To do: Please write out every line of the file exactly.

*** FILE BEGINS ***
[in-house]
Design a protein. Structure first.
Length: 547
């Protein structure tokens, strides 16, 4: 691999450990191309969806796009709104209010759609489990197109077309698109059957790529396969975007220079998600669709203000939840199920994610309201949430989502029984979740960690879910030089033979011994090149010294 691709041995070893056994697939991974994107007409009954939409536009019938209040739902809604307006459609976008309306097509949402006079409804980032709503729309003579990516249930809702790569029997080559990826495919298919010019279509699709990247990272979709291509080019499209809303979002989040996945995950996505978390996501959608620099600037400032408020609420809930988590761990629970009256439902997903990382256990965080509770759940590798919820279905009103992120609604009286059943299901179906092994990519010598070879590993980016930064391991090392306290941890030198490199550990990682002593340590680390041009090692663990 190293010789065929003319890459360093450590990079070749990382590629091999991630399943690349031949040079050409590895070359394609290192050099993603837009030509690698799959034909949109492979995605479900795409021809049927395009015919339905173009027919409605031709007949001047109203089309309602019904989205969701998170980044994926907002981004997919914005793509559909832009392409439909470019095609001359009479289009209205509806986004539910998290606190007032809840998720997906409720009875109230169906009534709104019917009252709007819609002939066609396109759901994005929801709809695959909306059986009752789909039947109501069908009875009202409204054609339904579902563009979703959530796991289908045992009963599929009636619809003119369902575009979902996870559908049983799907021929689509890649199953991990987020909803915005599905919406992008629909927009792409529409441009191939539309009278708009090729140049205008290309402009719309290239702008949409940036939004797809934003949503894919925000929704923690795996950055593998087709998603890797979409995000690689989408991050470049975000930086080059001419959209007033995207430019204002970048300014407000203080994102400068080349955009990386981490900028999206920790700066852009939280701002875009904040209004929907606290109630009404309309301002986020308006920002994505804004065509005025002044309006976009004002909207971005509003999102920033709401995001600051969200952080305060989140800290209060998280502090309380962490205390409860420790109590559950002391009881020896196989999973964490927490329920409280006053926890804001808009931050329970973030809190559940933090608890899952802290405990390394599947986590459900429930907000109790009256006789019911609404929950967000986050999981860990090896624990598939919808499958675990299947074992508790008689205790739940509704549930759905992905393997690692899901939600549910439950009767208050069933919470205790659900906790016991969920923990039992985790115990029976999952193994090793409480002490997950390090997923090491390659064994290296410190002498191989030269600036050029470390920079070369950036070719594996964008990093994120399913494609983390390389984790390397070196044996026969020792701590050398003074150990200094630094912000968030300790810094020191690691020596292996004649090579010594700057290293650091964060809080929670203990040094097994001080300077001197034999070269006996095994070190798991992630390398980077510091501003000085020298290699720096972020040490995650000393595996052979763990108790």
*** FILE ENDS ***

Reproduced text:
[in-house]
Design a protein. Structure first.
Length: 547
């Protein structure tokens, strides 16, 4: 691999450990191309969806796009709104209010759609489990197109077309698109059957790529396969975007220079998600669709203000939840199920994610309201949430989502029984979740960690879910030089033979011994090149010294 691709041995070893056994697939991974994107007409009954939409536009019938209040739902809604307006459609976008309306097509949402006079409804980032709503729309003579990516249930809702790569029997080559990826495919298919010019279509699709990247990272979709291509080019499209809303979002989040996945995950996505978390996501959608620099600037400032408020609420809930988590761990629970009256439902997903990382256990965080509770759940590798919820279905009103992120609604009286059943299901179906092994990519010598070879590993980016930064391991090392306290941890030198490199550990990682002593340590680390041009090692663990 190293010789065929003319890459360093450590990079070749990382590629091999991630399943690349031949040079050409590895070359394609290192050099993603837009030509690698799959034909949109492979995605479900795409021809049927395009015919339905173009027919409605031709007949001047109203089309309602019904989205969701998170980044994926907002981004997919914005793509559909832009392409439909470019095609001359009479289009209205509806986004539910998290606190007032809840998720997906409720009875109230169906009534709104019917009252709007819609002939066609396109759901994005929801709809695959909306059986009752789909039947109501069908009875009202409204054609339904579902563009979703959530796991289908045992009963599929009636619809003119369902575009979902996870559908049983799907021929689509890649199953991990987020909803915005599905919406992008629909927009792409529409441009191939539309009278708009090729140049205008290309402009719309290239702008949409940036939004797809934003949503894919925000929704923690795996950055593998087709998603890797979409995000690689989408991050470049975000930086080059001419959209007033995207430019204002970048300014407000203080994102400068080349955009990386981490900028999206920790700066852009939280701002875009904040209004929907606290109630009404309309301002986020308006920002994505804004065509005025002044309006976009004002909207971005509003999102920033709401995001600051969200952080305060989140800290209060998280502090309380962490205390409860420790109590559950002391009881020896196989999973964490927490329920409280006053926890804001808009931050329970973030809190559940933090608890899952802290405990390394599947986590459900429930907000109790009256006789019911609404929950967000986050999981860990090896624990598939919808499958675990299947074992508790008689205790739940509704549930759905992905393997690692899901939600549910439950009767208050069933919470205790659900906790016991969920923990039992985790115990029976999952193994090793409480002490997950390090997923090491390659064994290296410190002498191989030269600036050029470390920079070369950036070719594996964008990093994120399913494609983390390389984790390397070196044996026969020792701590050398003074150990200094630094912000968030300790810094020191690691020596292996004649090579010594700057290293650091964060809080929670203990040094097994001080300077001197034999070269006996095994070190798991992630390398980077510091501003000085020298290699720096972020040490995650000393595996052979763990108790």